The last millenium of Earth history is of particular interest because it documents the environmental complexities of both natural variability and anthropogenic activity. We have analyzed the major ions contained in the Greenland Ice Sheet Project 2 (GISP 2) ice core from the present to ∼674 A.D. to yield an environmental reconstruction for this period that includes a description of nitrogen and sulfur cycling, volcanic emissions, sea salt and terrestrial influences. We have adapted and extended mathematical procedures for extracting sporadic (e.g., volcanic) events, secular trends, and periodicities found in the data sets. Finally, by not assuming that periodic components (signals) were “stationary” and by utilizing evolutionary spectral analysis, we were able to reveal periodic processes in the climate system which change in frequency, “turn on,” and “turn off” with other climate transitions such as'that between the little ice age and the medieval warm period.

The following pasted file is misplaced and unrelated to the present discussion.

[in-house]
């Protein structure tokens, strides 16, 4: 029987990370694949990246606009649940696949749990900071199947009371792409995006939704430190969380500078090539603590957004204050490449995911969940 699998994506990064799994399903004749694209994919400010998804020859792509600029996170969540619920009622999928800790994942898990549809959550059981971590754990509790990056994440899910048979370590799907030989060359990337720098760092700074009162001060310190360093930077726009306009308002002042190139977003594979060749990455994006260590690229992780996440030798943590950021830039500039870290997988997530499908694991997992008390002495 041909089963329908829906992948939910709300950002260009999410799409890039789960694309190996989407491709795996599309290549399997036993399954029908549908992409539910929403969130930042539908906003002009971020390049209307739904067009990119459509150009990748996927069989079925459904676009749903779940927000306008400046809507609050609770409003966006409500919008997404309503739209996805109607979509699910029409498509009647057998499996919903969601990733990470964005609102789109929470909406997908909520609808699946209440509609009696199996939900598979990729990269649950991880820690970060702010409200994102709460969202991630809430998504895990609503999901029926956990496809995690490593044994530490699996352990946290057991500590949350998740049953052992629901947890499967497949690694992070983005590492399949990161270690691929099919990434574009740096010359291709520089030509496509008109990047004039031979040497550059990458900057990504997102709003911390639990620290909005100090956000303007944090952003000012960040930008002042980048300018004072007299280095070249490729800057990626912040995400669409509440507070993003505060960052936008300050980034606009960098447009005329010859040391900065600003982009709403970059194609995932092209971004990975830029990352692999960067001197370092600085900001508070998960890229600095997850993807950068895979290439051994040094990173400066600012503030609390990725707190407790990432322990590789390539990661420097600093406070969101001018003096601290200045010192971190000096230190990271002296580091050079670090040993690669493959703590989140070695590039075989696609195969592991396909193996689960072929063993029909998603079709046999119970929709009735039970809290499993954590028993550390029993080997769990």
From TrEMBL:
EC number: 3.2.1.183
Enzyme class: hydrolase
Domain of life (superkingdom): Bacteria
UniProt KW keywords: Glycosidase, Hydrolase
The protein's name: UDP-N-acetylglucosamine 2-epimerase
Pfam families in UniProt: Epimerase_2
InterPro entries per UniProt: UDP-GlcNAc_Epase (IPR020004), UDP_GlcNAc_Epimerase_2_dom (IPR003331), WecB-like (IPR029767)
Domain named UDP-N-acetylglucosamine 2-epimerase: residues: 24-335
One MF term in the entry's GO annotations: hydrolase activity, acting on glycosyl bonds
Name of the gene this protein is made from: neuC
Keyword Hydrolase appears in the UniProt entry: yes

Journal of Geophysical Research: Atmospheres
American Geophysical Union (AGU)
Digital Object Identifier (DOI)
Mayewski, P. A., Meeker, L. D., Morrison, M. C., Twickler, M. S., Whitlow, S. I., Ferland, K. K., . . . Steffensen, J. P. (1993). Greenland ice core “signal” characteristics: An expanded view of climate change. Journal of Geophysical Research, 98(D7), 12839. doi:10.1029/93JD01085
©1993. American Geophysical Union. All Rights Reserved. This is an article published by AGU in Journal of Geophysical Research: Atmospheres in 1993, available online: https://dx.doi.org/10.1029/93JD01085